Department of Middle Eastern Studies
Department of Middle Eastern Studies

Arabic Flagship Program Hosts Dr. Bassem Youssef

Wed, March 27, 2013
Arabic Flagship Program Hosts Dr. Bassem Youssef
Dr. Bassem Youssef with UT students

The Arabic Flagship Program hosted Dr. Bassem Youssef, the "Egyptian Jon Stewart," for an informal Q & A/meet and greet on Friday, March 8th, from 2 - 4 PM in the Student Activities Center Auditorium (SAC 1.402).  The event was mostly in Arabic and was an exciting way for Arabic students to remain engaged with their target language. 

Dr. Bassem Youssef is an Egyptian cardiothoracic surgeon turned political satirist who launched a wildly popular political talk show on YouTube from his apartment in the wake of the Egyptian revolution in 2011. Youssef, dubbed the “Egyptian Jon Stewart,” has gained a worldwide following on YouTube and is a voice for free expression around the Arab world. His show has more than 80 million views on YouTube and it continues to grow. He is the host of popular TV show Al Bernameg. In March 2011 and after 8 weeks of Mubarak stepping down from power, Bassem Youssef uploaded his B+ Show episode on YouTube. The B+ Show gained more than five million views in the first three months alone! Egyptian channel ONTV quickly offered Youssef a deal to create the satirical political show Al Bernameg with a budget of roughly half a million dollars to produce 104 episodes, making him the first internet to TV conversion in the Middle East. Bassem has more than 1.78 million followers on Twitter, and nearly 3.5 million fans on Facebook. His shows have more than 200 million combined views on YouTube alone. In June 2012, Jon Stewart invited Youssef to The Daily Show for an extended interview.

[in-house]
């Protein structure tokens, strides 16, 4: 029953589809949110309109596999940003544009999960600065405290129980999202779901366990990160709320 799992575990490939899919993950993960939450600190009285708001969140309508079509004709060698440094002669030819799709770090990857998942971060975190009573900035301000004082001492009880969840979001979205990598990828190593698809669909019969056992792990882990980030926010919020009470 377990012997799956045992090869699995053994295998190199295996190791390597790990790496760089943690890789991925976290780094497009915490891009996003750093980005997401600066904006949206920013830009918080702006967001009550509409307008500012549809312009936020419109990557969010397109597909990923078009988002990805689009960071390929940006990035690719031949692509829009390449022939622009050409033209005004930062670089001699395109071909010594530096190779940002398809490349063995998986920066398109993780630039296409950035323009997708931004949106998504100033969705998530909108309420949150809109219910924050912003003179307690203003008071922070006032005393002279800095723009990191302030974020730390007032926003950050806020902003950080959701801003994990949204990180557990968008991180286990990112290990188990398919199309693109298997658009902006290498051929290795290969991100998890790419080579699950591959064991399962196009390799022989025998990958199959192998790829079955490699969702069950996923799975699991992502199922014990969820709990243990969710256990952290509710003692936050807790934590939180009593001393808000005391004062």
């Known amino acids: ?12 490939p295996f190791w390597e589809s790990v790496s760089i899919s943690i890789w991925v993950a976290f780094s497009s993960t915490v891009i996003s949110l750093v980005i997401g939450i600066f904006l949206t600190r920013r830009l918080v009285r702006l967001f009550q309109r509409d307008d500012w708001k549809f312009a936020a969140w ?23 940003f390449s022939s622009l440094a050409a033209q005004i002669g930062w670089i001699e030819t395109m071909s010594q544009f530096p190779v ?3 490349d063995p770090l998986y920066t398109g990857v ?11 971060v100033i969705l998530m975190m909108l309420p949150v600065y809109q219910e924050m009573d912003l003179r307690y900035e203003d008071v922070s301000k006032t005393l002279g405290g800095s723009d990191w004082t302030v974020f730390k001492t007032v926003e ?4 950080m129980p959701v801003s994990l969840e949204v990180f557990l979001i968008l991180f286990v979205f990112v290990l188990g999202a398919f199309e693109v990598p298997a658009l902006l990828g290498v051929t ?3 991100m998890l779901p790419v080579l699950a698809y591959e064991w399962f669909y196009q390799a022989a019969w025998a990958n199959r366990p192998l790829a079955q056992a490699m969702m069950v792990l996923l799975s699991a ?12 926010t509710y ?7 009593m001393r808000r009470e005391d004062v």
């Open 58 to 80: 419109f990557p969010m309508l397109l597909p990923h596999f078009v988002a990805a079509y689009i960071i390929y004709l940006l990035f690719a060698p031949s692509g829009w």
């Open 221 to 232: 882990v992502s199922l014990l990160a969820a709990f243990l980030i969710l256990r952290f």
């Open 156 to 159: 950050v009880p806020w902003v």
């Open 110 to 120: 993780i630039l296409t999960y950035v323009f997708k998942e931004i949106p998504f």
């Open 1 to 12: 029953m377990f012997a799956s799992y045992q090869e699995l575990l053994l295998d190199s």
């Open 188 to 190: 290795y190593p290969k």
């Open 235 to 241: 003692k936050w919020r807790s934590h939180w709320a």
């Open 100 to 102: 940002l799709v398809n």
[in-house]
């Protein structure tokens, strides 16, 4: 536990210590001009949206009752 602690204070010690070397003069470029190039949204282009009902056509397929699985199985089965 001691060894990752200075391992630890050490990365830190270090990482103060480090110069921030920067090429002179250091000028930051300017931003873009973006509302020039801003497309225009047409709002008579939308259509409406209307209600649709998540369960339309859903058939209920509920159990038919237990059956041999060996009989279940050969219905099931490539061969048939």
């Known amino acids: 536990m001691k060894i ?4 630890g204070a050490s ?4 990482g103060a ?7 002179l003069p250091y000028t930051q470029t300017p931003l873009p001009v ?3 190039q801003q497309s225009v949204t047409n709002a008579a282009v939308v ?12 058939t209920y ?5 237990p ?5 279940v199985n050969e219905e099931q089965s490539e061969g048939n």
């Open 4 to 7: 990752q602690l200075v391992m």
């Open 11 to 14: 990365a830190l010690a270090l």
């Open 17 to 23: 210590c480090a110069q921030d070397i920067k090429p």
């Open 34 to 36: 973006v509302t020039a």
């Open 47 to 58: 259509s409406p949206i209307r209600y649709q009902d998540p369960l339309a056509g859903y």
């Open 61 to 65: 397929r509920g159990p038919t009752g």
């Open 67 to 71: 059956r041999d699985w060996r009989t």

"The event with Bassem Youssef was really, really wonderful. Honestly I was more excited to meet him than I would have been to meet John Stewart. Having lived in Egypt during the intense and sometimes very difficult period of the last few years, during which time Bassem Youssef's show was something like both lighting a candle and cursing the darkness at the same time, a much needed laugh and a much needed perspective. It meant a lot for me to get to hear him speak, and I think he had some really great insights to share about Egypt, about tolerance, mutual respect, freedom of belief and expression. It was awesome, in short!" said Kate Goodin, Middle Eastern Languages and Cultures graduate student.

The event was free and open to the public.

For more information, please contact Maggie Bell:, phone, 512-471-1724.


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